Here in Vermont, by this time every year, people are so sick of the insides of their homes that they can’t wait to get outside to spruce up, rake up, and clean up their yards. The winters are so long and dark here that just being able to plant a small garden or watch tulips pop up through the earth is exciting to some of us. This year, as we all can understand, such yearnings are even stronger than ever.
I probably already reported to you that my three-year-old granddaughter Nahla and I planned to make a small raised garden patch along the sunny side of our house. (Okay, so I did most of the planning, so if it fails it’s my fault.) It is true that we eventually planted it together. (It’s surprising how much longer a project can take when you have help.) I’ve never attempted one of these gardens before and have no idea if I (we) will reap crops worth more than what I paid for wood and bolts and twelve big bags of soil, but that’s sort of beside the point for Nahla and me.
A day recently arrived when we seemed to be past the last frost and snow in our area, (very hopefully.) The two of us ventured out with a small tray of seedlings we had grown on the sunny windowsill for the past month or so. I had loved watching this child’s excitement as those tiny plants sprung through the soil. It thrilled me that every morning she would run to that window to see how much more her ‘babies’ had grown. She often would even kiss them good morning. I’m sure they appreciated that. Now we were going to give those babies a new home, right beside our home.
I soon discovered that I needed a new hose nozzle. Old man winter had evidently snuck into our Northern state before I had put the hoses away in the fall and had cracked my nifty, multiple-setting, super-duper plastic nozzle. I went off to the hardware store, found the hoses, and there it was on a peg hook, just waiting for me. It was an old-fashioned, simple, twist-to-turn-on, solid brass nozzle, exactly like the one my father had when I was a child. It was also the cheapest nozzle on the display, which didn’t hurt.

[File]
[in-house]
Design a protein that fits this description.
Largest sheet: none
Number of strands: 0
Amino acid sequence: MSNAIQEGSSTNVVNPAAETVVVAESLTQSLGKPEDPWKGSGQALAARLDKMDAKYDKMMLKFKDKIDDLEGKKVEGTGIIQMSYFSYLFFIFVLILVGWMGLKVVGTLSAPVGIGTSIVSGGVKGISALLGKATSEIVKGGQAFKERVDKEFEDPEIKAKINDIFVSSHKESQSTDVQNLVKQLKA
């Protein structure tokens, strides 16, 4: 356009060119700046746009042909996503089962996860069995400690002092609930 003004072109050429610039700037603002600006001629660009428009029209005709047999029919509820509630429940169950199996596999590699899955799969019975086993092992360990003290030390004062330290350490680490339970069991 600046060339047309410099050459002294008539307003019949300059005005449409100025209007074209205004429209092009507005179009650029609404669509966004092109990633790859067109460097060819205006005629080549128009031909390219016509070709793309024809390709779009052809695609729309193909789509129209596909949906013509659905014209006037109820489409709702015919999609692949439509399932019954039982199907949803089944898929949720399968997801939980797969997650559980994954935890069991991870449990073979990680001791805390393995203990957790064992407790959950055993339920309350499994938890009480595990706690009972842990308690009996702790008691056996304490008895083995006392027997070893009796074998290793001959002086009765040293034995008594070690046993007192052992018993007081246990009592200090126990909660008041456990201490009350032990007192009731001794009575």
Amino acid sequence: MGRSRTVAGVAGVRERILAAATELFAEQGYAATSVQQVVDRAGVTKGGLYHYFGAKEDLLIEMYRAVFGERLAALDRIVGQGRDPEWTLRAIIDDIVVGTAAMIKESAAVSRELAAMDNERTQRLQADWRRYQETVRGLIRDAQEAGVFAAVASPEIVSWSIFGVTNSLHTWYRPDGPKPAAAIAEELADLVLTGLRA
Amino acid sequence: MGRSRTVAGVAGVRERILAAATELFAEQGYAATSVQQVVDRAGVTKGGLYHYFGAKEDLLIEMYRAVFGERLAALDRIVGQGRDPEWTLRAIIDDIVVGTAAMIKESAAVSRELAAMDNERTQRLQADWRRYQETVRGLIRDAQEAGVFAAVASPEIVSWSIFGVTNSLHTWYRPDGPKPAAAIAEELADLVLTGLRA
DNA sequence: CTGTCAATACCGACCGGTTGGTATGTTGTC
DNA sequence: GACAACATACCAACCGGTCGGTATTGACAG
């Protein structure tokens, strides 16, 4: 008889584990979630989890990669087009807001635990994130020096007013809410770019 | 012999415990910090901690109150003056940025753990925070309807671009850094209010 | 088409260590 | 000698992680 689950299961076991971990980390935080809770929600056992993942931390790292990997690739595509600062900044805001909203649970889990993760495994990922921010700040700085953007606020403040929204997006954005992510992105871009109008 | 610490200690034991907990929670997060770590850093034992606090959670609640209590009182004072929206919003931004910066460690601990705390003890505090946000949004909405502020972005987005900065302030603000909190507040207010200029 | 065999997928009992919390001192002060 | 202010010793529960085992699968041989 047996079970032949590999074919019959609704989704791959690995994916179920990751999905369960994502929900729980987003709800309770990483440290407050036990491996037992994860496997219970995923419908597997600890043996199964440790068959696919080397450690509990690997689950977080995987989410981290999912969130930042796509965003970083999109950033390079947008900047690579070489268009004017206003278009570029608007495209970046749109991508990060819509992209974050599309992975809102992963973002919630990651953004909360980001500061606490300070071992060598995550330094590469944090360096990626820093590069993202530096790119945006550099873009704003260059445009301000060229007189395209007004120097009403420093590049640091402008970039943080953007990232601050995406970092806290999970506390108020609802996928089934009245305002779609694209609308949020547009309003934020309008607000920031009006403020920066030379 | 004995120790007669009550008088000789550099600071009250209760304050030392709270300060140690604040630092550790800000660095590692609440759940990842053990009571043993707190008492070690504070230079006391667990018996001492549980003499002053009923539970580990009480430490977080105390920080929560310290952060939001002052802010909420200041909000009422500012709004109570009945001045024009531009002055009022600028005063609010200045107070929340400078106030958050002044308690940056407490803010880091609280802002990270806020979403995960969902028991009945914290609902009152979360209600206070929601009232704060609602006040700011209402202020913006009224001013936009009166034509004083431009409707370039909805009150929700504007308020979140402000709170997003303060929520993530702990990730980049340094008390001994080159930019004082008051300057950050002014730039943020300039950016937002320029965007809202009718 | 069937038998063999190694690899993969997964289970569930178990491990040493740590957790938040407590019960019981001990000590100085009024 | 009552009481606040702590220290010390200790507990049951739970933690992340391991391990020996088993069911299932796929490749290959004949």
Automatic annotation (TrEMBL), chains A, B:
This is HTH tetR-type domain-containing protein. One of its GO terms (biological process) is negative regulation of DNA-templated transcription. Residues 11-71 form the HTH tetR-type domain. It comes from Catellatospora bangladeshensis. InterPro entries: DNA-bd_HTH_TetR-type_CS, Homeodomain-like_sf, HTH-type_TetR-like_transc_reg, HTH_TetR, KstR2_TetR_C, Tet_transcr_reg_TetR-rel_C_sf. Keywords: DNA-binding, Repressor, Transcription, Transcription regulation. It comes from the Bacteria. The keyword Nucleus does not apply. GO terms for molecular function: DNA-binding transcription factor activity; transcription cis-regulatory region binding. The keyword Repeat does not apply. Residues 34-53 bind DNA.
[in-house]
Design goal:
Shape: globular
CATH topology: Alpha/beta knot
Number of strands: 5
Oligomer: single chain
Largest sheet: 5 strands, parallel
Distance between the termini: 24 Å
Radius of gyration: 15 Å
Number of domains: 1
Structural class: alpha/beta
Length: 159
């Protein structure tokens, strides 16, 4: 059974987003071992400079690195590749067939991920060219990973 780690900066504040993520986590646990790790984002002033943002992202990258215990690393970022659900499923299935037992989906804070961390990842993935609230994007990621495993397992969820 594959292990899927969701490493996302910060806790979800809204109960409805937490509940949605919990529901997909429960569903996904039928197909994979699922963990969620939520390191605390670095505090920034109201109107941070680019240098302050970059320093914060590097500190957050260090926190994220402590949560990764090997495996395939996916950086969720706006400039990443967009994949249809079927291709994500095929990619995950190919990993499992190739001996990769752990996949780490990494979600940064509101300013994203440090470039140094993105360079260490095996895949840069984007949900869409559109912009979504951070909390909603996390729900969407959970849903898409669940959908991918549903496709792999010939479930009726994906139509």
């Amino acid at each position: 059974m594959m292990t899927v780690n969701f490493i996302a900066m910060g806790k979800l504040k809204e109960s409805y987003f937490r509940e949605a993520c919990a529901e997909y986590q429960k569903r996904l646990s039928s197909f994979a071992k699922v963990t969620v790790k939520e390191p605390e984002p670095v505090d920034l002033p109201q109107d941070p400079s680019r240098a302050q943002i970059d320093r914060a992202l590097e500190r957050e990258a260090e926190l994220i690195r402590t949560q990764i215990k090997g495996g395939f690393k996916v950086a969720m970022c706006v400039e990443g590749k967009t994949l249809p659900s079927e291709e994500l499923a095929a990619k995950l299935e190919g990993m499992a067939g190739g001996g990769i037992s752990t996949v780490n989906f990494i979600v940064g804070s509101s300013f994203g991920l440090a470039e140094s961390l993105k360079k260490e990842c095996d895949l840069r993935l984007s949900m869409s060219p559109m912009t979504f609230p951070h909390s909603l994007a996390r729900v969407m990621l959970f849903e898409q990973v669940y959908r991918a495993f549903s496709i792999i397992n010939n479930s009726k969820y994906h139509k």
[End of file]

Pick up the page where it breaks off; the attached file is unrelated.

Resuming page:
Some things simply can’t be improved on. That brass hose end is one of those things. It works perfectly and sprays everything from a very fine mist to a full force stream of water. Nahla soon discovered this, firstly soaking my shirt and pants with the hose, then excitedly wanting to share another discovery she had made, with me.
“Look, Papa, LOOK”, she yelled, jumping up and down as she did. “A rainbow!” I went to her and shared the sight of her beautiful little rainbow in the glistening mist made by the fine spray of my new brass hose nozzle. It was actually quite beautiful.
In times of trial, and this year seems full of trials, it’s easy to forget to appreciate what we have. Less is often more if seen in the right light. Small simple things are often more enjoyable than big fancy ones if the time is taken to experience them. My granddaughter’s amazement at the tiny rainbow she had made was a very happy addition to my list of simple but important things in life.
Many of my days lately have begun with walks, and swinging, and raking, and pampering little plants on the side lawn, all in the company of a beautiful, wide-eyed, excited child. When our morning ritual is finished, Nahla runs over to the hose, points the nozzle to the sky, and begins making rainbows in the sun.